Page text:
- Wash outdoor items with biodegradable soap or at a commercial car wash that filters and recycles wash and rinse water.
- Use decorative rock and plants to reduce soil erosion in landscaped areas.
- If you drive a car, keep your vehicles well maintained and fix leaks promptly.
- Use a drip pan or absorbent materials like kitty litter to clean up spills and dispose of in the trash.
- Have your vehicles serviced at a local auto repair shop for proper disposal of used oil and fluids.
- If you service your own vehicle, collect and dispose of the fluids at a local household hazardous waste drop off station.
- Always pick up garbage and trash and properly dispose of or recycle it.
- Pet waste not picked up in parks or lawns is a major source of harmful microbes (E. coli) and nutrients that break down with water contact and travel into storm drains. In as few as 2-3 days, the waste from four dogs in a one-sq. mile lake is enough to close it for swimming.
- Regularly remove pet waste from your yard.
- Use a plastic bag to pick up pet waste while walking your pet.
- Properly dispose of pet waste: bag it and placing it in your household waste.
Taking a few simple precautions to prevent a spill will eliminate the headaches that come with cleaning up after one! Remain in attendance when tanks and open containers are being filled. Use secondary containers whenever carrying materials from one location to another. Use a funnel when transferring liquids from one container to another. Place trays under open containers and the spouts of liquid storage containers.
If improper dumping or discharge is observed on University property, immediately notify the University's Police at 608.789.9999(Emergency) or 608.789.9000(Non-emergency).
Training for Staff
Because many of the activities that protect water quality need to be performed continuously, employee education is key to any successful pollution prevention initiative. Staff education activities should include:
- Train employees to routinely inspect equipment and activities for opportunities to prevent pollution.
- Make water quality protection part of new employee training by assigning experienced workers to train new ones.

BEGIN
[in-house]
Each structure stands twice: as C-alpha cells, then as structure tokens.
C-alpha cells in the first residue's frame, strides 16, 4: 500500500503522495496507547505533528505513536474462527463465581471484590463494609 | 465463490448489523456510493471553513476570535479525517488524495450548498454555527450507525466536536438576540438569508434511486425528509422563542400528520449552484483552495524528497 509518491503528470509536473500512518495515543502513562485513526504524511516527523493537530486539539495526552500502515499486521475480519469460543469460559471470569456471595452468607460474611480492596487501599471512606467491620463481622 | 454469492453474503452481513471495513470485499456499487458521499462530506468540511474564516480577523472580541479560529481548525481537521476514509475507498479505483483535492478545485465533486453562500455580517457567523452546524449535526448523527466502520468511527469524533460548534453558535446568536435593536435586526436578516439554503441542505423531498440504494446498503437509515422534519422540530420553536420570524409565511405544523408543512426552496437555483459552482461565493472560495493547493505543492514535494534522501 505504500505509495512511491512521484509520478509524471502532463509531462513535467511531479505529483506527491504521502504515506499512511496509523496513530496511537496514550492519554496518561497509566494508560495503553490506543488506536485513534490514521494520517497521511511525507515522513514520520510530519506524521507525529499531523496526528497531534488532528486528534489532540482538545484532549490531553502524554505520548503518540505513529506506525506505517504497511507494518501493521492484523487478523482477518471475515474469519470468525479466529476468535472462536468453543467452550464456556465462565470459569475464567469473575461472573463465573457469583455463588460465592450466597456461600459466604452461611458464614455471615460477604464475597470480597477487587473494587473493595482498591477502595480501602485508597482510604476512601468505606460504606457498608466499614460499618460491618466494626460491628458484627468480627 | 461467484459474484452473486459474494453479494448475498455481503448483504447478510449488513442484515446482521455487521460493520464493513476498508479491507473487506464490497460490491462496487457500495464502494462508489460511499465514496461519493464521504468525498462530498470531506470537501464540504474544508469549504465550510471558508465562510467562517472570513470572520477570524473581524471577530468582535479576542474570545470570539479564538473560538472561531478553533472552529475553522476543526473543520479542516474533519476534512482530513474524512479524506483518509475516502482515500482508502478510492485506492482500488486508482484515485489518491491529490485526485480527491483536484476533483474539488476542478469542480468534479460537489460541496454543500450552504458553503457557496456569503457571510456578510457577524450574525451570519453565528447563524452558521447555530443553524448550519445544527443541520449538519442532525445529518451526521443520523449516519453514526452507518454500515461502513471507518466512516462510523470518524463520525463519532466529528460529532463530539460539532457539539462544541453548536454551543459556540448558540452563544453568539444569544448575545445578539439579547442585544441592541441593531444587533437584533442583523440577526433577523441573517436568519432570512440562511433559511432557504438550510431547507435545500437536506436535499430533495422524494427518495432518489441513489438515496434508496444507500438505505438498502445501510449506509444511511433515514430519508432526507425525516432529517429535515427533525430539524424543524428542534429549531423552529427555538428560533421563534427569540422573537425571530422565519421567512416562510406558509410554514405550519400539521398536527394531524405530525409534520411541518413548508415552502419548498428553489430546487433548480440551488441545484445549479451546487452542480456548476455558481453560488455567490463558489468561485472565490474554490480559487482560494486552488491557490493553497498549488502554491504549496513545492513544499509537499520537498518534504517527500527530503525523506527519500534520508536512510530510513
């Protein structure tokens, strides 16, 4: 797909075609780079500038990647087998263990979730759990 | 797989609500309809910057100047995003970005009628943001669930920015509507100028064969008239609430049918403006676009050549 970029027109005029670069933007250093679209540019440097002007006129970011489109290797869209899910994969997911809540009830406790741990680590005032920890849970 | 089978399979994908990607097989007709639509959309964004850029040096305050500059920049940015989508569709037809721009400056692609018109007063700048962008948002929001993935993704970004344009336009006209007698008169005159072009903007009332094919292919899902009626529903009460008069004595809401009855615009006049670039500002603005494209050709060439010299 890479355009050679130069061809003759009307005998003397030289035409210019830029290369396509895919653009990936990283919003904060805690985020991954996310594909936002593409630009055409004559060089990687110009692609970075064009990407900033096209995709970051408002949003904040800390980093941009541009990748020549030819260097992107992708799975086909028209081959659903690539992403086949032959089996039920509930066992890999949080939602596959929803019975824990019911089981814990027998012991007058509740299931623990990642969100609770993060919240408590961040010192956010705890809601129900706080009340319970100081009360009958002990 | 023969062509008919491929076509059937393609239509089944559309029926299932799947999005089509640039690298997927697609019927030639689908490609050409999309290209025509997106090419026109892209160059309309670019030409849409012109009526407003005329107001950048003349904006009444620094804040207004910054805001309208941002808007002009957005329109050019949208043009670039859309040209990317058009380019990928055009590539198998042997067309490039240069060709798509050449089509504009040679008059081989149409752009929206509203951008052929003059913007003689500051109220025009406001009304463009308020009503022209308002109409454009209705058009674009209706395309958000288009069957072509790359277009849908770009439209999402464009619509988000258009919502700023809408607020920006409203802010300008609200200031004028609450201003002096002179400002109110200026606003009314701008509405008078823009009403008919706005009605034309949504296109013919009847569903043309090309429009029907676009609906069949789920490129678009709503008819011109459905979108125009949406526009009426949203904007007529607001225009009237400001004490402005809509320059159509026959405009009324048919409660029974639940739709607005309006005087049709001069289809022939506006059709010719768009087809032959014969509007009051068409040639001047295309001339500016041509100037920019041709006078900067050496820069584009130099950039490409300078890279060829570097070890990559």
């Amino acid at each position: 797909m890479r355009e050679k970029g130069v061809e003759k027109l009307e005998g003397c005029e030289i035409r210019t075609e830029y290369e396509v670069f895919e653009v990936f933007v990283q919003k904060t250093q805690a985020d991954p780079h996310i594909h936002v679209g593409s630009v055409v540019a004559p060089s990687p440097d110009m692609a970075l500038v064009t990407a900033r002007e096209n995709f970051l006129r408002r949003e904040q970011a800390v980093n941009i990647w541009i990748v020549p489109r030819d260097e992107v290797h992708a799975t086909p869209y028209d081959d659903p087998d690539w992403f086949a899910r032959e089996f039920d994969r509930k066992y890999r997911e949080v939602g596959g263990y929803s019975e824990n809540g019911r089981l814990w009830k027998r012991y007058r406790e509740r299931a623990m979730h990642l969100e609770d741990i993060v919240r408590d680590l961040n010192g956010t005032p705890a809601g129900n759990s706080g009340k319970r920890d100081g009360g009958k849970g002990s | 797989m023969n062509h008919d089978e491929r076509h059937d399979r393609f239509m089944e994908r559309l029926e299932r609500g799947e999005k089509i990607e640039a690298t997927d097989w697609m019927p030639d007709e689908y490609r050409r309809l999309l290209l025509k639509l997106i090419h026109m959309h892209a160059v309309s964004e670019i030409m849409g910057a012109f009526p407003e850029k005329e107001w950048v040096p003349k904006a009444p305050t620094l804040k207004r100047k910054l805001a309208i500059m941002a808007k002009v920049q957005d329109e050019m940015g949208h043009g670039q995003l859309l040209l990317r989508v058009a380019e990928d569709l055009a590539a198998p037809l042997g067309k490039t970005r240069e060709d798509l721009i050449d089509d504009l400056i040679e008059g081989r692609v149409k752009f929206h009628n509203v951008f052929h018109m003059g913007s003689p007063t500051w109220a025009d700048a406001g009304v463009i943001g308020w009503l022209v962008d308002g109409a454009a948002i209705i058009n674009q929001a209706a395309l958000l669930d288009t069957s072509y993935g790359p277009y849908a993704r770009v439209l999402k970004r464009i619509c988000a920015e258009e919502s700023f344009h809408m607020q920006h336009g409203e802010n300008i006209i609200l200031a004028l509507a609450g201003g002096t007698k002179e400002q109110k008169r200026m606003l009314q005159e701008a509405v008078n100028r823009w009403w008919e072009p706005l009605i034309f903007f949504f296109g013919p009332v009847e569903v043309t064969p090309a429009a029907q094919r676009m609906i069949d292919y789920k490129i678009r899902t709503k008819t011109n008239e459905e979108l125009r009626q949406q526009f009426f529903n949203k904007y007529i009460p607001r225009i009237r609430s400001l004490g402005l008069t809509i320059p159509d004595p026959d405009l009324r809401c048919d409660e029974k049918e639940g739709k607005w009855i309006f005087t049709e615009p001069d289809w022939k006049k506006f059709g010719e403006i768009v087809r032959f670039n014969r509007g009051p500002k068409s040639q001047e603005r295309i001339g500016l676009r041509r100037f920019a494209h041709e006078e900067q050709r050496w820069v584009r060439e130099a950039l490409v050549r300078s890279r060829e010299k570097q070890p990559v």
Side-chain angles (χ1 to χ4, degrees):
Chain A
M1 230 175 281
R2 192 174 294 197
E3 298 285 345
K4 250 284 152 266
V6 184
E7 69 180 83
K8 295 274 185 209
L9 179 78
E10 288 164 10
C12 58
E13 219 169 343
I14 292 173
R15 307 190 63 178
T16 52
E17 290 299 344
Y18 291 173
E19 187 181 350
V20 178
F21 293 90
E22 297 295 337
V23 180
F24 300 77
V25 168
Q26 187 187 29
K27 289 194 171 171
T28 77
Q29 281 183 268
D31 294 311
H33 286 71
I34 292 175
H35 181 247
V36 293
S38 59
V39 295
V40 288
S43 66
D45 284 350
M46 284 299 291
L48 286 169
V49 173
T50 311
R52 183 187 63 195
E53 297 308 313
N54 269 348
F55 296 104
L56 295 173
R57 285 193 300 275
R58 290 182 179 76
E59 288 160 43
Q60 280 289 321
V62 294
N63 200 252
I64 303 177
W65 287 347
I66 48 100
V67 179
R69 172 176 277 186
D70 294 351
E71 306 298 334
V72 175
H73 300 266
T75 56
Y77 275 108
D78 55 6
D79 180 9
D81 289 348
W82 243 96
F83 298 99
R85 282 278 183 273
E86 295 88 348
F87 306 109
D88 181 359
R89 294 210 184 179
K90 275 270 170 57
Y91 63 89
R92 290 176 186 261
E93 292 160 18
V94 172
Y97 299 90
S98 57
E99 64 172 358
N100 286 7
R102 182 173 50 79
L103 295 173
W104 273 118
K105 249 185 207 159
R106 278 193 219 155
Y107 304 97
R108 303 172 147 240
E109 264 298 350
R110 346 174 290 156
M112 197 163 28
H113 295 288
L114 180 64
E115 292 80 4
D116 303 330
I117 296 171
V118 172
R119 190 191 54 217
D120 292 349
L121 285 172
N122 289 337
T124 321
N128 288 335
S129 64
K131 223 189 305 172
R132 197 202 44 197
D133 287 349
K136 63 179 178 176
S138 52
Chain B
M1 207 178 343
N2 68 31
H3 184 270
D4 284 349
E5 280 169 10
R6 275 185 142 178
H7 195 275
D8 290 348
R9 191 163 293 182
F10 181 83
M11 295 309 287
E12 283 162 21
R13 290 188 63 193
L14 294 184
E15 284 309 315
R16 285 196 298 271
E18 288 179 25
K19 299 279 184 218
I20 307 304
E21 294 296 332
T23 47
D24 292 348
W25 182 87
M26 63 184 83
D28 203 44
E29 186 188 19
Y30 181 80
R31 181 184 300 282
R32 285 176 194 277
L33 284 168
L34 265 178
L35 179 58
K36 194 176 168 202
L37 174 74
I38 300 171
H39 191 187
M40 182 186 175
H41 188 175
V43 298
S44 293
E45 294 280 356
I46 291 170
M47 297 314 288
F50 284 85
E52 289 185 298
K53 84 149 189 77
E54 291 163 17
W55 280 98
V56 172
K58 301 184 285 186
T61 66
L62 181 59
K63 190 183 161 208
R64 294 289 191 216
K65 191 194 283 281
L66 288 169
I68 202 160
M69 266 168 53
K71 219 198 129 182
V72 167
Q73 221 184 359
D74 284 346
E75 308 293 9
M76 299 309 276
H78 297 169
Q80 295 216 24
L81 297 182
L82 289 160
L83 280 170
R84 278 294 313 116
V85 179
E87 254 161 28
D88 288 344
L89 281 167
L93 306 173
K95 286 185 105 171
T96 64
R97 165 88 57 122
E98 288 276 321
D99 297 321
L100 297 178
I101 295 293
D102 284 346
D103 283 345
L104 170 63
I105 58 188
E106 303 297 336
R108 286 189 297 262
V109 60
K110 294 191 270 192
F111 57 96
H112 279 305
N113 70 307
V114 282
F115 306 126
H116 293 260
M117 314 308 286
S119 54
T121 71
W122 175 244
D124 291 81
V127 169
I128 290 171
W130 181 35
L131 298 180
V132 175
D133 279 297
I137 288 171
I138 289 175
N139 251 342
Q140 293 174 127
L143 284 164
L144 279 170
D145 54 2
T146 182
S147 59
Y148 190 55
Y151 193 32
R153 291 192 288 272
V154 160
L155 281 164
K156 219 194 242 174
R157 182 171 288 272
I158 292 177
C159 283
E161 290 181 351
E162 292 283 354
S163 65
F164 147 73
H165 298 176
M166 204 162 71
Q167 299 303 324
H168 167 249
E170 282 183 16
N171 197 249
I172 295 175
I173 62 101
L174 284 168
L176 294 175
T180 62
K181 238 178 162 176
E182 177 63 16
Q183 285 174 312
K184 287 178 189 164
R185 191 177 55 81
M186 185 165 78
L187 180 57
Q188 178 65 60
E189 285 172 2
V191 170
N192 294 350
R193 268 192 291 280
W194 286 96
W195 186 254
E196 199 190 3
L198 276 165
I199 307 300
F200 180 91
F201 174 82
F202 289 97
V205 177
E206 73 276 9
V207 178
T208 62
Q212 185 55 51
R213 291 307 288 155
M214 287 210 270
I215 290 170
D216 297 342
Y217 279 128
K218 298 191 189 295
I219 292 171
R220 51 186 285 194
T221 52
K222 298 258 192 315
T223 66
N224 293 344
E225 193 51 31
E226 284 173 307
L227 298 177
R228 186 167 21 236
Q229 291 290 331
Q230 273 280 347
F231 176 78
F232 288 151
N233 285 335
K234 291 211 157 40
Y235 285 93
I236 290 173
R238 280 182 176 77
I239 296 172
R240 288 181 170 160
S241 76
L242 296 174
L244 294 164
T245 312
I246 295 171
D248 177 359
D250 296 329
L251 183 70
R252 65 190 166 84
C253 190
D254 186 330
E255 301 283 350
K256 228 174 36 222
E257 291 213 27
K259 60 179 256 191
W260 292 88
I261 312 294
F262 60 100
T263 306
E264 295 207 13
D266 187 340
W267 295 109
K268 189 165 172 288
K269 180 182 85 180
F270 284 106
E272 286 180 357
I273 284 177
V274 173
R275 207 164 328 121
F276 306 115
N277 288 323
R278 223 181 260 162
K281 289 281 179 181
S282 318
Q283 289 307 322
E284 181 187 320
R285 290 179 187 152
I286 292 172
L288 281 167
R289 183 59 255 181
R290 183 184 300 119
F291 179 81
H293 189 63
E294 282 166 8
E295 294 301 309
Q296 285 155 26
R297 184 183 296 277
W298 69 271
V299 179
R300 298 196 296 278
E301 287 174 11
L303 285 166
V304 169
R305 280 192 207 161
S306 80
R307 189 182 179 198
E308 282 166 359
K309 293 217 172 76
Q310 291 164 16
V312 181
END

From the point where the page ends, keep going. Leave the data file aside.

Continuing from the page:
- Conduct a routine walk-through of work areas to identify potential problems.
- Review procedures once a year with employees. Incorporate this training with "worker right-to-know" training for hazardous materials or worker safety training programs.
- Display signs describing water quality protection activities where employees and visitors will see them.
The best way you can help keep our waterways healthy and clean is by preventing pollutants from reaching them in the first place and by educating yourself and friends about the importance of storm water management.
If you see an illicit discharge or spill on campus please call:
- 911 If the spill or activity represents and immediate threat to human health or environment.
If you observe a situation on campus that could likely cause a spill or discharge in the future, please contact Environmental Health and Safety or call 608.785.6800 during regular business hours. We appreciate your help with identifying problems that may impact the UW-La Crosse storm sewer system and surface waters. Calls can be made anonymously.
UWL's storm water discharge permit prohibits illicit discharges to the storm sewer system.
Illicit discharge is defined as any discharge to the municipal separate storm sewer system that is not composed entirely of storm water, except for discharges allowed under a National Pollution Discharge Elimination System (NPDES) permit or other discharges allowed locally. These non-storm water discharges may be due to illegal connections to the storm sewer system by commercial, industrial, or sometimes residential properties. The illegal connections allow contaminated wastewater to drain untreated to our waterways. Failing septic systems and illegal dumping are also illicit discharges.
It is important to note that there are many non-storm water discharges that are not considered illicit discharges. These include such discharges as water-line flushing, landscape irrigation, lawn watering, and water used for fire fighting.